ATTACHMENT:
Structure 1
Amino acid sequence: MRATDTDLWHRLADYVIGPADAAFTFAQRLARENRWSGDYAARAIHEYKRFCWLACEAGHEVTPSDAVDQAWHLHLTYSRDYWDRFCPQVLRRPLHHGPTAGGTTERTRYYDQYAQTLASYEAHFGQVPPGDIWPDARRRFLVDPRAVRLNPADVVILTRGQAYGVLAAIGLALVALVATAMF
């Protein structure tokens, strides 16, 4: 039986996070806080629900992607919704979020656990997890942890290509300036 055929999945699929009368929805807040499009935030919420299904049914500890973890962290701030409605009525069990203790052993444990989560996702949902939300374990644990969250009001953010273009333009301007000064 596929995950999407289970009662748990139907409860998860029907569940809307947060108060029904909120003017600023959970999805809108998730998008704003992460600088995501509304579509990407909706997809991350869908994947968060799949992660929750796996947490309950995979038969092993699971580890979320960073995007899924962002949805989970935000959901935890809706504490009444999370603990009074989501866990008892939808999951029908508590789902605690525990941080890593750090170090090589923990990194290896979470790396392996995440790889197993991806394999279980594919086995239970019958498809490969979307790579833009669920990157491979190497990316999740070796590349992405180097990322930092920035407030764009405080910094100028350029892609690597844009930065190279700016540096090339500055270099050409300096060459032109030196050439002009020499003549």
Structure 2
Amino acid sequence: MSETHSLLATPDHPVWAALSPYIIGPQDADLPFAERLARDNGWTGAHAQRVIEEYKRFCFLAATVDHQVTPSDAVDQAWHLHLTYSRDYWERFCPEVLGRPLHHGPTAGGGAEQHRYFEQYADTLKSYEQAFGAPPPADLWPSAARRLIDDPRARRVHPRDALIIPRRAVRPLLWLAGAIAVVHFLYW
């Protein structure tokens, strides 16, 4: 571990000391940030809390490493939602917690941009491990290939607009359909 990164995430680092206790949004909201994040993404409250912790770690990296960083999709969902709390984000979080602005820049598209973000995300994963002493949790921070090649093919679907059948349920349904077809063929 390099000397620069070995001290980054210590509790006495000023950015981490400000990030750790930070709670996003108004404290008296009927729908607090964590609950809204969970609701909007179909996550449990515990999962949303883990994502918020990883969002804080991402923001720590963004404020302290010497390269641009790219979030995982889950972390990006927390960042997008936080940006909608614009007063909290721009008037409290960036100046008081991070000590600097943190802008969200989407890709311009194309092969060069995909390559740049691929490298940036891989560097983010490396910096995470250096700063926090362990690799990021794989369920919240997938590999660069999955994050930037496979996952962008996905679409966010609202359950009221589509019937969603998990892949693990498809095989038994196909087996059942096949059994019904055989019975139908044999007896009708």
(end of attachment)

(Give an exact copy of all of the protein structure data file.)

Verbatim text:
Structure 1
Amino acid sequence: MRATDTDLWHRLADYVIGPADAAFTFAQRLARENRWSGDYAARAIHEYKRFCWLACEAGHEVTPSDAVDQAWHLHLTYSRDYWDRFCPQVLRRPLHHGPTAGGTTERTRYYDQYAQTLASYEAHFGQVPPGDIWPDARRRFLVDPRAVRLNPADVVILTRGQAYGVLAAIGLALVALVATAMF
């Protein structure tokens, strides 16, 4: 039986996070806080629900992607919704979020656990997890942890290509300036 055929999945699929009368929805807040499009935030919420299904049914500890973890962290701030409605009525069990203790052993444990989560996702949902939300374990644990969250009001953010273009333009301007000064 596929995950999407289970009662748990139907409860998860029907569940809307947060108060029904909120003017600023959970999805809108998730998008704003992460600088995501509304579509990407909706997809991350869908994947968060799949992660929750796996947490309950995979038969092993699971580890979320960073995007899924962002949805989970935000959901935890809706504490009444999370603990009074989501866990008892939808999951029908508590789902605690525990941080890593750090170090090589923990990194290896979470790396392996995440790889197993991806394999279980594919086995239970019958498809490969979307790579833009669920990157491979190497990316999740070796590349992405180097990322930092920035407030764009405080910094100028350029892609690597844009930065190279700016540096090339500055270099050409300096060459032109030196050439002009020499003549």
Structure 2
Amino acid sequence: MSETHSLLATPDHPVWAALSPYIIGPQDADLPFAERLARDNGWTGAHAQRVIEEYKRFCFLAATVDHQVTPSDAVDQAWHLHLTYSRDYWERFCPEVLGRPLHHGPTAGGGAEQHRYFEQYADTLKSYEQAFGAPPPADLWPSAARRLIDDPRARRVHPRDALIIPRRAVRPLLWLAGAIAVVHFLYW
């Protein structure tokens, strides 16, 4: 571990000391940030809390490493939602917690941009491990290939607009359909 990164995430680092206790949004909201994040993404409250912790770690990296960083999709969902709390984000979080602005820049598209973000995300994963002493949790921070090649093919679907059948349920349904077809063929 390099000397620069070995001290980054210590509790006495000023950015981490400000990030750790930070709670996003108004404290008296009927729908607090964590609950809204969970609701909007179909996550449990515990999962949303883990994502918020990883969002804080991402923001720590963004404020302290010497390269641009790219979030995982889950972390990006927390960042997008936080940006909608614009007063909290721009008037409290960036100046008081991070000590600097943190802008969200989407890709311009194309092969060069995909390559740049691929490298940036891989560097983010490396910096995470250096700063926090362990690799990021794989369920919240997938590999660069999955994050930037496979996952962008996905679409966010609202359950009221589509019937969603998990892949693990498809095989038994196909087996059942096949059994019904055989019975139908044999007896009708």